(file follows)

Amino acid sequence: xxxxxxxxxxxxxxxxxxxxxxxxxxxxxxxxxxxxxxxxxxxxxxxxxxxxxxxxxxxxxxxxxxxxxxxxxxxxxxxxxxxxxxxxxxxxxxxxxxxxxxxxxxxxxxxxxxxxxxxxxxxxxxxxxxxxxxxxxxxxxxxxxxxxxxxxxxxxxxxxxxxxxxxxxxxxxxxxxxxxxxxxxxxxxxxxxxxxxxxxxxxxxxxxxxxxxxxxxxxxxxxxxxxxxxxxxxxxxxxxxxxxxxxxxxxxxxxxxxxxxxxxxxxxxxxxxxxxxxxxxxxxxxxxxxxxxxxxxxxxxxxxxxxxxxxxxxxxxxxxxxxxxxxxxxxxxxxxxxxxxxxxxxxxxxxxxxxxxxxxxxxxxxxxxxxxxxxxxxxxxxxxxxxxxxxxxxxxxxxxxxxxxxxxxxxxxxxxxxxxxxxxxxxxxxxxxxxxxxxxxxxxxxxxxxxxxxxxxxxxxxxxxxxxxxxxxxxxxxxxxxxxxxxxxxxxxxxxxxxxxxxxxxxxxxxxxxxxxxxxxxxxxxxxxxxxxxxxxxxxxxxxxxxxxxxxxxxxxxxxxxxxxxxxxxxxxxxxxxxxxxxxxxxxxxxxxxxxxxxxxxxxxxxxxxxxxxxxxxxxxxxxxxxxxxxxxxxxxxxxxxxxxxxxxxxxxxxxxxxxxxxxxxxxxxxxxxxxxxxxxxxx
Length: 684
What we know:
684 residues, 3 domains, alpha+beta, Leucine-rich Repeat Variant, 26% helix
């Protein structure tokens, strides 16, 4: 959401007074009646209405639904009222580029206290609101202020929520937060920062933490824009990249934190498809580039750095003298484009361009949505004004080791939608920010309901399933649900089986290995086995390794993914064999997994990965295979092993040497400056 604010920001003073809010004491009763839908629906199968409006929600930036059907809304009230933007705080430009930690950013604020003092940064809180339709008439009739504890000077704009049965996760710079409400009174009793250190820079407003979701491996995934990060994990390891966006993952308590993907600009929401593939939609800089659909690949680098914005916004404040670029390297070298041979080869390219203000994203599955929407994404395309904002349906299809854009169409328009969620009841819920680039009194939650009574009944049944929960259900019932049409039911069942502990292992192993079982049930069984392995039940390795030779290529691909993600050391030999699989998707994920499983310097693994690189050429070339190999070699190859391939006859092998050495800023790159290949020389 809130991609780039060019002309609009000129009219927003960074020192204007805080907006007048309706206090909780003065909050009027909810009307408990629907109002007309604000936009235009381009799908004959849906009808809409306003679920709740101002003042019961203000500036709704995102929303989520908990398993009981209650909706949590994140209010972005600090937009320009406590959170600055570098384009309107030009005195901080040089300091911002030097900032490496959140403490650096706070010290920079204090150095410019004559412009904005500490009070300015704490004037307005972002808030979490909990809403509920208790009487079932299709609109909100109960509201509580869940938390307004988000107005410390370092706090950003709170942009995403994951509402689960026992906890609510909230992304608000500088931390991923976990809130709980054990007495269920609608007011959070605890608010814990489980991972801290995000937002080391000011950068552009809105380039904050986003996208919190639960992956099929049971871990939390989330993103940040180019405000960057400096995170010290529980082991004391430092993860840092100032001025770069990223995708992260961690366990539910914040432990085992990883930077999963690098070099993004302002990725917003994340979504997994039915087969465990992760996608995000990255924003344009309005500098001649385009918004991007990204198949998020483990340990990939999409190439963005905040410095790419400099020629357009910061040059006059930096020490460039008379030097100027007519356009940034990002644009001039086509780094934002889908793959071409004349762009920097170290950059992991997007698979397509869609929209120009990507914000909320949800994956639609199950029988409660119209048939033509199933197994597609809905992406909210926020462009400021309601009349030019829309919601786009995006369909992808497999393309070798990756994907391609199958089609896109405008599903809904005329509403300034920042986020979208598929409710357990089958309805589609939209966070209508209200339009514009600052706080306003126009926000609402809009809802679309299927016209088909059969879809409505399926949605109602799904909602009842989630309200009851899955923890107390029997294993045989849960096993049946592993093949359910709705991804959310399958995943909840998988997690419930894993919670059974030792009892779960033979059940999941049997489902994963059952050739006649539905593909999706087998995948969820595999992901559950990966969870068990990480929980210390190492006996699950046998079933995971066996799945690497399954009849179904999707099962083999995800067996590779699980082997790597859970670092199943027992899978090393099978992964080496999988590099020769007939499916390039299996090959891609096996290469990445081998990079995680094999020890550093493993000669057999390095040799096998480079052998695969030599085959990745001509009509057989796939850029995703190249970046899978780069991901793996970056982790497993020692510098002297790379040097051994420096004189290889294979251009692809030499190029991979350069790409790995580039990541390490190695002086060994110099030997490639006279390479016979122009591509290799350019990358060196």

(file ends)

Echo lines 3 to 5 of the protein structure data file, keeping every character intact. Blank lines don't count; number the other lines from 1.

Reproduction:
What we know:
684 residues, 3 domains, alpha+beta, Leucine-rich Repeat Variant, 26% helix
């Protein structure tokens, strides 16, 4: 959401007074009646209405639904009222580029206290609101202020929520937060920062933490824009990249934190498809580039750095003298484009361009949505004004080791939608920010309901399933649900089986290995086995390794993914064999997994990965295979092993040497400056 604010920001003073809010004491009763839908629906199968409006929600930036059907809304009230933007705080430009930690950013604020003092940064809180339709008439009739504890000077704009049965996760710079409400009174009793250190820079407003979701491996995934990060994990390891966006993952308590993907600009929401593939939609800089659909690949680098914005916004404040670029390297070298041979080869390219203000994203599955929407994404395309904002349906299809854009169409328009969620009841819920680039009194939650009574009944049944929960259900019932049409039911069942502990292992192993079982049930069984392995039940390795030779290529691909993600050391030999699989998707994920499983310097693994690189050429070339190999070699190859391939006859092998050495800023790159290949020389 809130991609780039060019002309609009000129009219927003960074020192204007805080907006007048309706206090909780003065909050009027909810009307408990629907109002007309604000936009235009381009799908004959849906009808809409306003679920709740101002003042019961203000500036709704995102929303989520908990398993009981209650909706949590994140209010972005600090937009320009406590959170600055570098384009309107030009005195901080040089300091911002030097900032490496959140403490650096706070010290920079204090150095410019004559412009904005500490009070300015704490004037307005972002808030979490909990809403509920208790009487079932299709609109909100109960509201509580869940938390307004988000107005410390370092706090950003709170942009995403994951509402689960026992906890609510909230992304608000500088931390991923976990809130709980054990007495269920609608007011959070605890608010814990489980991972801290995000937002080391000011950068552009809105380039904050986003996208919190639960992956099929049971871990939390989330993103940040180019405000960057400096995170010290529980082991004391430092993860840092100032001025770069990223995708992260961690366990539910914040432990085992990883930077999963690098070099993004302002990725917003994340979504997994039915087969465990992760996608995000990255924003344009309005500098001649385009918004991007990204198949998020483990340990990939999409190439963005905040410095790419400099020629357009910061040059006059930096020490460039008379030097100027007519356009940034990002644009001039086509780094934002889908793959071409004349762009920097170290950059992991997007698979397509869609929209120009990507914000909320949800994956639609199950029988409660119209048939033509199933197994597609809905992406909210926020462009400021309601009349030019829309919601786009995006369909992808497999393309070798990756994907391609199958089609896109405008599903809904005329509403300034920042986020979208598929409710357990089958309805589609939209966070209508209200339009514009600052706080306003126009926000609402809009809802679309299927016209088909059969879809409505399926949605109602799904909602009842989630309200009851899955923890107390029997294993045989849960096993049946592993093949359910709705991804959310399958995943909840998988997690419930894993919670059974030792009892779960033979059940999941049997489902994963059952050739006649539905593909999706087998995948969820595999992901559950990966969870068990990480929980210390190492006996699950046998079933995971066996799945690497399954009849179904999707099962083999995800067996590779699980082997790597859970670092199943027992899978090393099978992964080496999988590099020769007939499916390039299996090959891609096996290469990445081998990079995680094999020890550093493993000669057999390095040799096998480079052998695969030599085959990745001509009509057989796939850029995703190249970046899978780069991901793996970056982790497993020692510098002297790379040097051994420096004189290889294979251009692809030499190029991979350069790409790995580039990541390490190695002086060994110099030997490639006279390479016979122009591509290799350019990358060196």